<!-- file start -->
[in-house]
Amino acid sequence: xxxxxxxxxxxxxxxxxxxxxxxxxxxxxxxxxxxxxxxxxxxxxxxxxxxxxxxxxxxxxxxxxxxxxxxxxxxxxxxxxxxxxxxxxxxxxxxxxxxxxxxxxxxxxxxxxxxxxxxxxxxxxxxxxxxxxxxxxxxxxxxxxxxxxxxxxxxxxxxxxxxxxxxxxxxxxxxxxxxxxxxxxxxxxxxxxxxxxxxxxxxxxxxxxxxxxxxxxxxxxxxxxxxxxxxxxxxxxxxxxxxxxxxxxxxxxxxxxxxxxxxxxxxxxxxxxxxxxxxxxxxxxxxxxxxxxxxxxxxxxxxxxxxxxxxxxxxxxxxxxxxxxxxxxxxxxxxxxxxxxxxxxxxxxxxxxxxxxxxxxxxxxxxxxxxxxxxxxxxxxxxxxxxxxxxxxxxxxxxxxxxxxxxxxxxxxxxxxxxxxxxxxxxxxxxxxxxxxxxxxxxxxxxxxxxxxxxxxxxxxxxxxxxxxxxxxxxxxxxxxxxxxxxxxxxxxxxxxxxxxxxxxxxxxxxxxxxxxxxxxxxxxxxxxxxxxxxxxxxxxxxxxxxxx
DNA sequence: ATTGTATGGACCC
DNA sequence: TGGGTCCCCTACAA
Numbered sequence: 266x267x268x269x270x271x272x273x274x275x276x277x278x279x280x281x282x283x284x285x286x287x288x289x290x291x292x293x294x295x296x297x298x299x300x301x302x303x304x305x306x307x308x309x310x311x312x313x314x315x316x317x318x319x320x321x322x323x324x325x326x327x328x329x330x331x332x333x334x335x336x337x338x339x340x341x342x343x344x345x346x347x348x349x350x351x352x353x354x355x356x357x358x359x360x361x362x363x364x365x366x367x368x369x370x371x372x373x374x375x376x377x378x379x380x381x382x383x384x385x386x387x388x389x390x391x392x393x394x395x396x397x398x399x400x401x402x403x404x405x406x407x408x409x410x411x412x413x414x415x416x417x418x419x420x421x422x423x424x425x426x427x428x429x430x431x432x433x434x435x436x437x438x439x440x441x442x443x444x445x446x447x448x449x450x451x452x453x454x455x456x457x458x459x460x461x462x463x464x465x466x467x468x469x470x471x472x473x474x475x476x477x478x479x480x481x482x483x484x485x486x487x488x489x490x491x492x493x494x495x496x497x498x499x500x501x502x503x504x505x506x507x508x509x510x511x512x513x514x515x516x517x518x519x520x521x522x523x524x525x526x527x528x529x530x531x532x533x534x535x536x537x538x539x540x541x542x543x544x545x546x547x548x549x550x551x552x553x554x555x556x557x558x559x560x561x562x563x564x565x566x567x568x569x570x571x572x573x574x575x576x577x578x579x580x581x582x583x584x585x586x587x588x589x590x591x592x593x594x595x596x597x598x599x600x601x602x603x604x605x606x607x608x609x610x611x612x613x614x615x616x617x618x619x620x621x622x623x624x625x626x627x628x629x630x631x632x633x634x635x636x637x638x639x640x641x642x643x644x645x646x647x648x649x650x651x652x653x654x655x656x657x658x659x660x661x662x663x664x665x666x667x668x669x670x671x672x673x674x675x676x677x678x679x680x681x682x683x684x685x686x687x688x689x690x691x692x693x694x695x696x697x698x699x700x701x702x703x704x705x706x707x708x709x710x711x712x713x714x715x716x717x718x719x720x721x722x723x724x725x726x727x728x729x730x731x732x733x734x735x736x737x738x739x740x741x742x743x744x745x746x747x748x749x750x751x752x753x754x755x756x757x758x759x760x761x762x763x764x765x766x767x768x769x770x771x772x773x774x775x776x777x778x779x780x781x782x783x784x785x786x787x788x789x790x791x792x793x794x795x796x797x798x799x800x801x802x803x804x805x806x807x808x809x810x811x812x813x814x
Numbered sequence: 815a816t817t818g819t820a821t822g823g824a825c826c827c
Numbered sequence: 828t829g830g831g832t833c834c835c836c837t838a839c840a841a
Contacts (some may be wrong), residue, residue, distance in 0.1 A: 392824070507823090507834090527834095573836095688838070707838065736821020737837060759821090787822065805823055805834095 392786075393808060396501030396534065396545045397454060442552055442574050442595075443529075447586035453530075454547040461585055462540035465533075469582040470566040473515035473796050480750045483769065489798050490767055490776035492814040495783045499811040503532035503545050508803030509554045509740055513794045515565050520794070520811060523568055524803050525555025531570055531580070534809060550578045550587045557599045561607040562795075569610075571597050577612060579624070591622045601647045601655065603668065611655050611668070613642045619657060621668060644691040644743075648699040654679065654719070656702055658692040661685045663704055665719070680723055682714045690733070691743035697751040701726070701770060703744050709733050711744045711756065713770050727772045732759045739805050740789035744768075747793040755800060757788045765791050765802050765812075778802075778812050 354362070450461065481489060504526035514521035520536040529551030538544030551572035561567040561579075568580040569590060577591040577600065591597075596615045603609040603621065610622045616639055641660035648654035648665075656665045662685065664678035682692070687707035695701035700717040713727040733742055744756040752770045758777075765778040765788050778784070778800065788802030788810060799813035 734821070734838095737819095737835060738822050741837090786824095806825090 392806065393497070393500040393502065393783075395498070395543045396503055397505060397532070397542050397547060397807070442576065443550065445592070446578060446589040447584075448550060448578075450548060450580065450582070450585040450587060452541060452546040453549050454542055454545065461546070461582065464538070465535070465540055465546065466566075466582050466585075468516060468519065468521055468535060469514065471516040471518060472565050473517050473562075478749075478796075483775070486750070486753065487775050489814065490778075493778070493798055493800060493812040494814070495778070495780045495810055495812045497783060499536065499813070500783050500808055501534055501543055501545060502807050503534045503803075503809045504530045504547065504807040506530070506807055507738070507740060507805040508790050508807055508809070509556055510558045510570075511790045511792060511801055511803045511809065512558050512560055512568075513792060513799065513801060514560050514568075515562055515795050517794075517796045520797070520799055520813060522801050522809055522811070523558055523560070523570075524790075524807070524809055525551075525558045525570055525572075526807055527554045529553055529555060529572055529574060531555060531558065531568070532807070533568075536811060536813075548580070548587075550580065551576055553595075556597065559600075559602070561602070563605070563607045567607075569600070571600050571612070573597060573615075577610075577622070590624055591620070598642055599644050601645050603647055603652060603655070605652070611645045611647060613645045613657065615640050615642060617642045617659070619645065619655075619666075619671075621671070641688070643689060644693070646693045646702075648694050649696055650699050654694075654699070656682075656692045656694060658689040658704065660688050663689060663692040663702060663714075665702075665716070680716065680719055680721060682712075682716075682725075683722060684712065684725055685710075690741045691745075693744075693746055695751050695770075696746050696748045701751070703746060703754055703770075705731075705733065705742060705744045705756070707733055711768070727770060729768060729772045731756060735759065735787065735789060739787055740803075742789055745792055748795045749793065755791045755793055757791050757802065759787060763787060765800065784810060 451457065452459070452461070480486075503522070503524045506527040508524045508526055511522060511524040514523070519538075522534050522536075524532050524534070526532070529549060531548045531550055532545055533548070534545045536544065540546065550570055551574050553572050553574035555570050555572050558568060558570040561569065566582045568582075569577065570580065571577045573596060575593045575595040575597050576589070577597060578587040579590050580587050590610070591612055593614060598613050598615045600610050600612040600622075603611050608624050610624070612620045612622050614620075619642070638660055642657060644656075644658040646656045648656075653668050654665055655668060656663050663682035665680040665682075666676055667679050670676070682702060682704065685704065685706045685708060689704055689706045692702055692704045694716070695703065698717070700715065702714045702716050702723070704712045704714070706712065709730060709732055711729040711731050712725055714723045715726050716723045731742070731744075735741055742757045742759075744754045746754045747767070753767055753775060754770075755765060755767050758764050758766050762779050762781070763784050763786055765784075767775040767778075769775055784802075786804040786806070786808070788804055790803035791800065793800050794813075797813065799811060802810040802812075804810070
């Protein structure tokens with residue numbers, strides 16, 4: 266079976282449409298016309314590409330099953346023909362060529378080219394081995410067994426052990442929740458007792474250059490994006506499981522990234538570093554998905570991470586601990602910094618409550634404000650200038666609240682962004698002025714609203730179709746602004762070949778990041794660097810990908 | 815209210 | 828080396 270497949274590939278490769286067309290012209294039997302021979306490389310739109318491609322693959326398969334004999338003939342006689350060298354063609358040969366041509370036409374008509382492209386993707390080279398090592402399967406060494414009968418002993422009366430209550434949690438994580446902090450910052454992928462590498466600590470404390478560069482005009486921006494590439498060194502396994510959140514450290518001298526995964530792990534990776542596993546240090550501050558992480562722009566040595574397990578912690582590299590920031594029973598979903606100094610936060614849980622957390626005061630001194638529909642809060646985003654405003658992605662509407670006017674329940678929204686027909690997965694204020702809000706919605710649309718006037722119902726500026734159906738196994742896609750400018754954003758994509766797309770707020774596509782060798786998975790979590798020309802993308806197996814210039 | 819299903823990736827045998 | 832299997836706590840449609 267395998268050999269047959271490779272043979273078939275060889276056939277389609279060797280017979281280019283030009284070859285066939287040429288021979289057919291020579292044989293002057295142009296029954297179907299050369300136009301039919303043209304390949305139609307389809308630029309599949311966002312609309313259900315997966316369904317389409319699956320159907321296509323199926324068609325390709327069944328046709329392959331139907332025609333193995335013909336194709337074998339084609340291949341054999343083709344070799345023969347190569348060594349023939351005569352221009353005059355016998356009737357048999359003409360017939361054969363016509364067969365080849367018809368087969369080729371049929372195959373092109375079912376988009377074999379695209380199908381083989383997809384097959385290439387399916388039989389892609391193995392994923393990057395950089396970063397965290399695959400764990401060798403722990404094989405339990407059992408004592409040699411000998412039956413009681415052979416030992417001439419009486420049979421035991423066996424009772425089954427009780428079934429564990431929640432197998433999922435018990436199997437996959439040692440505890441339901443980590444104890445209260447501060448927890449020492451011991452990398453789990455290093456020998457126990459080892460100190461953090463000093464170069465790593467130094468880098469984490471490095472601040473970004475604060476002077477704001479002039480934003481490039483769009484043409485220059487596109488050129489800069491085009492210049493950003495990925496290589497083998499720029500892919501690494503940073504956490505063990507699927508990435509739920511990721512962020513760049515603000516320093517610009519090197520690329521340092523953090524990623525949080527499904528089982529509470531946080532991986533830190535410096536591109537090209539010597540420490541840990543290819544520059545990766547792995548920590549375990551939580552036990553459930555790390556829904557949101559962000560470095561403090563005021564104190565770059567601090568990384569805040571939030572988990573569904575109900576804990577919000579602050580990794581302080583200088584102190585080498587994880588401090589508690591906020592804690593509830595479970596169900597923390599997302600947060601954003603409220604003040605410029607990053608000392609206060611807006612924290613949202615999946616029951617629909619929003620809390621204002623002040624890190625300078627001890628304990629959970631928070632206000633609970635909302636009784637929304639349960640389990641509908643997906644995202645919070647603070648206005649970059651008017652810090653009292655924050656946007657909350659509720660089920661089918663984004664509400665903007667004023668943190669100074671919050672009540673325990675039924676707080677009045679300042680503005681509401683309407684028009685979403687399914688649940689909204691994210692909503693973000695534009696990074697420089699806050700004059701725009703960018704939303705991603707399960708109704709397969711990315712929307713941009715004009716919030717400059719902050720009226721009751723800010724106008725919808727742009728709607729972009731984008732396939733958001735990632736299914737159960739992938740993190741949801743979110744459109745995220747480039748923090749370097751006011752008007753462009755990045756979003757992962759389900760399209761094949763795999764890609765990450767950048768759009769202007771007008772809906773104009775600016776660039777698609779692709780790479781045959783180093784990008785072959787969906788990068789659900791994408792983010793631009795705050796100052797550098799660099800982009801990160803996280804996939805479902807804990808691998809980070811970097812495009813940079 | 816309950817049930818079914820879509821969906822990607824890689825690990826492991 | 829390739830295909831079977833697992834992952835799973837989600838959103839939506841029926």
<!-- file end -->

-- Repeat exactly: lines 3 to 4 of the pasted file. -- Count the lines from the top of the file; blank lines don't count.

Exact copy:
DNA sequence: ATTGTATGGACCC
DNA sequence: TGGGTCCCCTACAA